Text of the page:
one carbon metabolism


Early identification of high-risk pregnancies and targeted nutraceutical intervention to reduce the incidence of adverse pregnancy outcomes.

Executive Summary

Micronutrients such as folate and vitamin B12 are important for normal fetal growth and development. Currently, women are not routinely tested for these substances during early pregnancy. Such information may be useful in tailoring the correct dietary intake of micronutrients to reduce the risk of pregnancy complications. This study will determine if it is of benefit to test women’s nutrient status during early pregnancy and, on that basis, provided tailored nutrient intake to improve pregnancy outcome.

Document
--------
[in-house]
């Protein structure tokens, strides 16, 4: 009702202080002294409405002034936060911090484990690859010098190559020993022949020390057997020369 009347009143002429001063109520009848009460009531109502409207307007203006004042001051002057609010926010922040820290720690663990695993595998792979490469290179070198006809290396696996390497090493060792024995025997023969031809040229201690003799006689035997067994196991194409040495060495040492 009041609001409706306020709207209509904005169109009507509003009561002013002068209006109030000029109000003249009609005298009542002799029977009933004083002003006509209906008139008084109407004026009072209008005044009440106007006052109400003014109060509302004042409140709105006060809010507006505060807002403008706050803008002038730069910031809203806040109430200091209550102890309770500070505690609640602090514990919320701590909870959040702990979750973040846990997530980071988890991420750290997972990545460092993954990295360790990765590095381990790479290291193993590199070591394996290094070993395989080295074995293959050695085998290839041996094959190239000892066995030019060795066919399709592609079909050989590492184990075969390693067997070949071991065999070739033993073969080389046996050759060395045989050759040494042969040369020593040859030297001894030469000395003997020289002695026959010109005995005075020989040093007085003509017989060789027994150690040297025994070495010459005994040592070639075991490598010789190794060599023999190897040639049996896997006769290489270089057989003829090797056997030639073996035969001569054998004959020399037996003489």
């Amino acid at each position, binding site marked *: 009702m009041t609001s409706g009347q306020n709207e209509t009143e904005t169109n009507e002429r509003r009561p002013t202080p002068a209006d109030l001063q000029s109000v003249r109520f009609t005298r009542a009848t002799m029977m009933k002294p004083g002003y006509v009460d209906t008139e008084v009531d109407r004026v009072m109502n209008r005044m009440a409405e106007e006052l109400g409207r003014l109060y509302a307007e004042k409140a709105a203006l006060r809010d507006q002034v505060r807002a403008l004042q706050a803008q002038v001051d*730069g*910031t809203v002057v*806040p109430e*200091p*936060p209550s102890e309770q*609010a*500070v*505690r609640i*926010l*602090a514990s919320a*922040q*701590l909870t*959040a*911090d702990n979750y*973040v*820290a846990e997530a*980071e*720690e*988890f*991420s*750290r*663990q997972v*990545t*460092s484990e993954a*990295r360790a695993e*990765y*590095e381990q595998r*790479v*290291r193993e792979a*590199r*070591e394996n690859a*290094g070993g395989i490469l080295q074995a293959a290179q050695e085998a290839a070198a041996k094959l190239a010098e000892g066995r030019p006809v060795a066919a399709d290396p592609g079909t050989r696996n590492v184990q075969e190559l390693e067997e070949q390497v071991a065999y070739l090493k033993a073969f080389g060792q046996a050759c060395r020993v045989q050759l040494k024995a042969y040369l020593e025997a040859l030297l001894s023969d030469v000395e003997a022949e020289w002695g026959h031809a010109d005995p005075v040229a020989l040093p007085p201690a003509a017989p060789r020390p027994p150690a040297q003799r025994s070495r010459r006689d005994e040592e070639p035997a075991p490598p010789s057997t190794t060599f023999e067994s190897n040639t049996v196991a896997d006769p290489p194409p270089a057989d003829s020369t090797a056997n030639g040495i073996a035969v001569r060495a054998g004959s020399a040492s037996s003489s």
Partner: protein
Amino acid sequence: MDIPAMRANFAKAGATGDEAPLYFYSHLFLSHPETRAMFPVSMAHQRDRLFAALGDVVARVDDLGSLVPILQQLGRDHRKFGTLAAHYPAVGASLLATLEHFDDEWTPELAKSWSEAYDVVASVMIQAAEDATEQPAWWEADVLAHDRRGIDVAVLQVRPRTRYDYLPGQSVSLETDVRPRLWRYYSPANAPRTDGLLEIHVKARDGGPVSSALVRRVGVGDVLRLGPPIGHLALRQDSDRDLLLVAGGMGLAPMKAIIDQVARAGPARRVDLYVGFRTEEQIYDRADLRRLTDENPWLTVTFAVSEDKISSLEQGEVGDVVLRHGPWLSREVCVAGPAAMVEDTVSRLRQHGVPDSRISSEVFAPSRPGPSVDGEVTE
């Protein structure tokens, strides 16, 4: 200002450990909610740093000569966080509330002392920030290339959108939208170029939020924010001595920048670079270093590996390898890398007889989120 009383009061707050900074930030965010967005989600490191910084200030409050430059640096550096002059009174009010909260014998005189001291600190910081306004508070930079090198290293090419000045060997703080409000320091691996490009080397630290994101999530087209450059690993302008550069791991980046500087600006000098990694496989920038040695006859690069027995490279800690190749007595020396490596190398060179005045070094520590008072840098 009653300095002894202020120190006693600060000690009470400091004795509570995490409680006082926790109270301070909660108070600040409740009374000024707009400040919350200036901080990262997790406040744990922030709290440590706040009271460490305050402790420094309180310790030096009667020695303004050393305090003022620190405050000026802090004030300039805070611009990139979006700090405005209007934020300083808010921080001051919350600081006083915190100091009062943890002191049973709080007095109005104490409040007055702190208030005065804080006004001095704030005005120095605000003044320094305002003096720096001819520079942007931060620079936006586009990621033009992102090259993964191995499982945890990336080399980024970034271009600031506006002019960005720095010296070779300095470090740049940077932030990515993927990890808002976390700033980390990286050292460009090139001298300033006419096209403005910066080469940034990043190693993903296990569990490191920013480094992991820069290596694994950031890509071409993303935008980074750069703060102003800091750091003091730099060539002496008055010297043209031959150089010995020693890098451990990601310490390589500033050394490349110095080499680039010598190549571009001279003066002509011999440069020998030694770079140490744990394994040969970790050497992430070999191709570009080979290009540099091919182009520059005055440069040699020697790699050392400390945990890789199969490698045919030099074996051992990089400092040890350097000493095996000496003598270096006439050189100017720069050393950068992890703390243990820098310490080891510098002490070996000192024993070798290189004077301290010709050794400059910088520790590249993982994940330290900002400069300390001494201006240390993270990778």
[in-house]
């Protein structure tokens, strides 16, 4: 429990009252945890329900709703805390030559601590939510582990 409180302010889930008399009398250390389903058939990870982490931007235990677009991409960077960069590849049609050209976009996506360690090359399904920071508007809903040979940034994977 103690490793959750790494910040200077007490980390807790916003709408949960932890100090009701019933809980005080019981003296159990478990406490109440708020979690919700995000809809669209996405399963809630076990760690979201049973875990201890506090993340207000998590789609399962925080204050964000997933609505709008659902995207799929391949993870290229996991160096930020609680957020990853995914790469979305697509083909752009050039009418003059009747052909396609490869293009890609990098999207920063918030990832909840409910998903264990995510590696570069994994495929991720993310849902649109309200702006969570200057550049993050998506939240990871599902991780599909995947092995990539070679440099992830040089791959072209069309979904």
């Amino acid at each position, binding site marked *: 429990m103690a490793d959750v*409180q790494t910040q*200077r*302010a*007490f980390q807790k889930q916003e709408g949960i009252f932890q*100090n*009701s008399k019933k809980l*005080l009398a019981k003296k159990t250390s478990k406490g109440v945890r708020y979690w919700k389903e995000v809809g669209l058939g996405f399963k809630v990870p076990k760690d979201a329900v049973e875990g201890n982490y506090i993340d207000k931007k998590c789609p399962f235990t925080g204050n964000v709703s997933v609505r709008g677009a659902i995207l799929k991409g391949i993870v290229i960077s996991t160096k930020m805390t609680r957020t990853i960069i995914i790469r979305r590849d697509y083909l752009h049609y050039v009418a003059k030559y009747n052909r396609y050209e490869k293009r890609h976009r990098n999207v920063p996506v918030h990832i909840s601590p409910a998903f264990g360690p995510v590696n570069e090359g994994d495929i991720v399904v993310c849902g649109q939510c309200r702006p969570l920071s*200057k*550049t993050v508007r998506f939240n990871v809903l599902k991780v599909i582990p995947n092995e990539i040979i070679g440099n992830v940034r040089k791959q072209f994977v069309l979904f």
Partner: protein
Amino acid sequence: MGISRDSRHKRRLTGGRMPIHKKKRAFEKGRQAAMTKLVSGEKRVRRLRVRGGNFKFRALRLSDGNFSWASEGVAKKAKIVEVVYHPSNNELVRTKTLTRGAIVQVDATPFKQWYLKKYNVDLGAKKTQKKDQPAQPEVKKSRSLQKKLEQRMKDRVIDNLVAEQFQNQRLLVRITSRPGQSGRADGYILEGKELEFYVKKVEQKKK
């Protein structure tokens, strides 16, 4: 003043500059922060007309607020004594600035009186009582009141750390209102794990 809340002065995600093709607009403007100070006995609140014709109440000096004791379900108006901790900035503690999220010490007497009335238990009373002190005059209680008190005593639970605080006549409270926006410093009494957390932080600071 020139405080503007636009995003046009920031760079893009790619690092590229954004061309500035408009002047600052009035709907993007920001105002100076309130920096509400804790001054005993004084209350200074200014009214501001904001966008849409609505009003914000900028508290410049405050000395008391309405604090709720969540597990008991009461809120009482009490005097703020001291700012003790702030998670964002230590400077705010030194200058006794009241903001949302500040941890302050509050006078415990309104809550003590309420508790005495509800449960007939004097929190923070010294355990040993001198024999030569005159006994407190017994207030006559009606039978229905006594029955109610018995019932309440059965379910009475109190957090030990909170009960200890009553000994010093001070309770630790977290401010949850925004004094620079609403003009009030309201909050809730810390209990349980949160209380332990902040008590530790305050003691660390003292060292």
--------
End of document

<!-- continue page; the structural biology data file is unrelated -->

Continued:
The simple process of transferring a single carbon unit to other molecules (i.e. the one-carbon metabolism [OCM] pathway) is one of the most important and defining processes that regulates human development. It provides the precursors for DNA synthesis, repair and methylation.  Folate and vitamin B12 are essential for the maintenance of OCM.  Folate deficiency causes DNA strand breaks, diminished DNA repair capacity and aberrant DNA methylation.  Despite the recognised importance of this pathway in fetal development, current obstetric practice does not include routine measurement of folate, vitamin B12 and homocysteine to diagnose impaired OCM and determine individual micronutrient requirements.  There is an unmet need for a stronger evidence-based framework to underpin practice and policy for assessing OCM status and dietary supplementation with one-carbon nutrients during the periconceptional period and throughout pregnancy.  Thus, the aims of this project are: to establish the clinical utility of measuring red cell and plasma folate, vitamin B12 and homocysteine in the first trimester to identify women at risk of adverse pregnancy outcomes (i.e. preterm birth, fetal growth restriction, congenital abnormalities, preeclampsia, miscarriage and stillbirth); and to establish whether or not the early identification of high-risk pregnancies and targeted nutraceutical treatment throughout gestation reduces the prevalence of adverse pregnancy outcomes. The study is a randomised controlled trial with sub-stratification of low and normal OCM status women within each arm.  The successful completion of this project will provide Level I clinical evidence of the efficacy of personalised nutraceutical supplementation based on screening of OCM status to reduce complications of pregnancy.